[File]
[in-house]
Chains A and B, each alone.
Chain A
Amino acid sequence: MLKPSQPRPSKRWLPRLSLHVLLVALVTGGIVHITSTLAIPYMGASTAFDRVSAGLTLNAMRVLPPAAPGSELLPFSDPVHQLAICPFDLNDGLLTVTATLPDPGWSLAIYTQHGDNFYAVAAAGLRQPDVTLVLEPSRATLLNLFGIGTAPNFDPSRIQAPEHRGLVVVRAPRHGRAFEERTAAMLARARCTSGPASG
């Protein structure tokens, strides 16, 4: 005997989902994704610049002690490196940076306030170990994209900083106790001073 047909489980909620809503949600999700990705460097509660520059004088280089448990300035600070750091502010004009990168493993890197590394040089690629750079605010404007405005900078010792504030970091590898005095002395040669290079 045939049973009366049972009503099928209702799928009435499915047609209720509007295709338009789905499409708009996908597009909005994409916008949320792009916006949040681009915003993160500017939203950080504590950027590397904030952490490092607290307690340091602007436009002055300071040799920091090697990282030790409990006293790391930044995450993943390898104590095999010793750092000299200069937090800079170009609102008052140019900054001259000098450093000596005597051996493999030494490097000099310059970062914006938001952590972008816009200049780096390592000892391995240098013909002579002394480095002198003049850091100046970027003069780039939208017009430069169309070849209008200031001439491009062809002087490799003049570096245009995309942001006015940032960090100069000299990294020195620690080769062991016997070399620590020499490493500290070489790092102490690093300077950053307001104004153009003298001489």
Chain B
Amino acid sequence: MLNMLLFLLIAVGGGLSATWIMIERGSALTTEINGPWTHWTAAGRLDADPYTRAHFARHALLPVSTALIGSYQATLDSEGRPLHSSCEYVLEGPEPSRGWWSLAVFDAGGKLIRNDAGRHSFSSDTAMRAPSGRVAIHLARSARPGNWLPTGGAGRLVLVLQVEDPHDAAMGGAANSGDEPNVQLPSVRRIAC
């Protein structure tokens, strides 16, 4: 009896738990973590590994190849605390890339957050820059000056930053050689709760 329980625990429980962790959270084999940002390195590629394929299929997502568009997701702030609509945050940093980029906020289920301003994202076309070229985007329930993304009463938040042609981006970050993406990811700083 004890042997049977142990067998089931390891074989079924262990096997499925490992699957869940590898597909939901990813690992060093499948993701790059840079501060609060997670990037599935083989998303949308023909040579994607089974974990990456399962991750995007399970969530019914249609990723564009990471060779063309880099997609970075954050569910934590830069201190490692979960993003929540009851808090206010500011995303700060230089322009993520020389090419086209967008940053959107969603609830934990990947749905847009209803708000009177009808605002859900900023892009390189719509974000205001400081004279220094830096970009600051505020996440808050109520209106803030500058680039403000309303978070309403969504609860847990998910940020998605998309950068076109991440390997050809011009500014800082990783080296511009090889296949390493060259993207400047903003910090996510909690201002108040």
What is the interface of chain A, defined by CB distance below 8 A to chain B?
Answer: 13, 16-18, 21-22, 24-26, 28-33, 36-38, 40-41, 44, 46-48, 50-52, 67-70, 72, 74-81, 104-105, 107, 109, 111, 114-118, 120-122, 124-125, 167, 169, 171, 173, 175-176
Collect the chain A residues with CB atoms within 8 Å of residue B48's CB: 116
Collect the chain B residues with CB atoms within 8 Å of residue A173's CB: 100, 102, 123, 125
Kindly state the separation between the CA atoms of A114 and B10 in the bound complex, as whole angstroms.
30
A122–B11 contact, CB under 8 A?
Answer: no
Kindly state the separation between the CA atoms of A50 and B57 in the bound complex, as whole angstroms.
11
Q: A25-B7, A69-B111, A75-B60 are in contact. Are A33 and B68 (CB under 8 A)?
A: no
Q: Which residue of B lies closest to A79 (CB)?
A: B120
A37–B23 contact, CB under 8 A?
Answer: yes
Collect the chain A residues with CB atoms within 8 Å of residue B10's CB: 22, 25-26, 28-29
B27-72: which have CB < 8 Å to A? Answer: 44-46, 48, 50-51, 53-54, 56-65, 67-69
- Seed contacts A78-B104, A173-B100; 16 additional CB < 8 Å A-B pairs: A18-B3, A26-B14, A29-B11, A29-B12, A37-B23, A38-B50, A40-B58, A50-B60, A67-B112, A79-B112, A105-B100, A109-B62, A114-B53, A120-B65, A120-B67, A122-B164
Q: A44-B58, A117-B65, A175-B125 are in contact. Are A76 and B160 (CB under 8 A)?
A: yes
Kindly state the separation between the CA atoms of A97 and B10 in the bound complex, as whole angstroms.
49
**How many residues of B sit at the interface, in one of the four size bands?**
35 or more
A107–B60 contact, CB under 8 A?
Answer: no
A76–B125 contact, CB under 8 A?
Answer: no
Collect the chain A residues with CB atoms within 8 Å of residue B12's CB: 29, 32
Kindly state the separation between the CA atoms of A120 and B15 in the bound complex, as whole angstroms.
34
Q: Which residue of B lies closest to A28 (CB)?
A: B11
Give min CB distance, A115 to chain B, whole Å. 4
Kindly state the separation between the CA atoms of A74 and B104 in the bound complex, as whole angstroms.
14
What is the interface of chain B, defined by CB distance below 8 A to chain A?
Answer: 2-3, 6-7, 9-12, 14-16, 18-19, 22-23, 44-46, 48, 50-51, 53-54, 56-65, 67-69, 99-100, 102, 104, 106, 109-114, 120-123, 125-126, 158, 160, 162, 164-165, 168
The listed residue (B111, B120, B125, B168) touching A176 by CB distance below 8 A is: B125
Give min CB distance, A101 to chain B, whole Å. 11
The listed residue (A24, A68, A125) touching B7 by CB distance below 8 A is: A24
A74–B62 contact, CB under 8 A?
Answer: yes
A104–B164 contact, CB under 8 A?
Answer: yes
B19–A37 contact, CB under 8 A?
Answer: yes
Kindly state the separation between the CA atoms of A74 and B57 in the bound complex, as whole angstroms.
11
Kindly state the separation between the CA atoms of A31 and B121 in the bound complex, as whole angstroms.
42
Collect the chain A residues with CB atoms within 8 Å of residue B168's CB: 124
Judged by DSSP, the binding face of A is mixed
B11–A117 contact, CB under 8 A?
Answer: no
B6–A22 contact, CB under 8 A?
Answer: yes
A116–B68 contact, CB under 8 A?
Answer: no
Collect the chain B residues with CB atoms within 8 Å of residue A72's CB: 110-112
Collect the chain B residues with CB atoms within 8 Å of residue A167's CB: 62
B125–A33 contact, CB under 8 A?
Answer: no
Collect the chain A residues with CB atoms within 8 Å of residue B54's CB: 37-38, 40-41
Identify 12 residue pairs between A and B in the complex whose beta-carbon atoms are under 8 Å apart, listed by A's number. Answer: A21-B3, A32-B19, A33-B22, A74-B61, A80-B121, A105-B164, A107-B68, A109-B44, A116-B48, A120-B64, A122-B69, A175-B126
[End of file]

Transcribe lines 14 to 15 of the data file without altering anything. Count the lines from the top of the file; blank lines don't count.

30
A122–B11 contact, CB under 8 A?